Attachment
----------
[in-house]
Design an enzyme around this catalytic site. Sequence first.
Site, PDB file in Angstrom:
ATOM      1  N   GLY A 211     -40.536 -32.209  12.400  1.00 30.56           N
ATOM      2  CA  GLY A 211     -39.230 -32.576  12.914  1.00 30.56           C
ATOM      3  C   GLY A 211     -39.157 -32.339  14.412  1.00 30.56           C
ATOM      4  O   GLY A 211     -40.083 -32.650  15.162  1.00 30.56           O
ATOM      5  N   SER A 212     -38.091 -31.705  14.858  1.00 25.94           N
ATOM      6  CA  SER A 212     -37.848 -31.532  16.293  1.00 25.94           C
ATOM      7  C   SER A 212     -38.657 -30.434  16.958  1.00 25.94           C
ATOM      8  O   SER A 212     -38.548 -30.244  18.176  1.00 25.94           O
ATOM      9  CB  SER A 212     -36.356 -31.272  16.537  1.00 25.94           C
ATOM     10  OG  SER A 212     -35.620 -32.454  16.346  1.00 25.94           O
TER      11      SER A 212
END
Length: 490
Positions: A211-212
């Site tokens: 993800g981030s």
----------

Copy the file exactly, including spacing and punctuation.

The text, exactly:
[in-house]
Design an enzyme around this catalytic site. Sequence first.
Site, PDB file in Angstrom:
ATOM      1  N   GLY A 211     -40.536 -32.209  12.400  1.00 30.56           N
ATOM      2  CA  GLY A 211     -39.230 -32.576  12.914  1.00 30.56           C
ATOM      3  C   GLY A 211     -39.157 -32.339  14.412  1.00 30.56           C
ATOM      4  O   GLY A 211     -40.083 -32.650  15.162  1.00 30.56           O
ATOM      5  N   SER A 212     -38.091 -31.705  14.858  1.00 25.94           N
ATOM      6  CA  SER A 212     -37.848 -31.532  16.293  1.00 25.94           C
ATOM      7  C   SER A 212     -38.657 -30.434  16.958  1.00 25.94           C
ATOM      8  O   SER A 212     -38.548 -30.244  18.176  1.00 25.94           O
ATOM      9  CB  SER A 212     -36.356 -31.272  16.537  1.00 25.94           C
ATOM     10  OG  SER A 212     -35.620 -32.454  16.346  1.00 25.94           O
TER      11      SER A 212
END
Length: 490
Positions: A211-212
């Site tokens: 993800g981030s």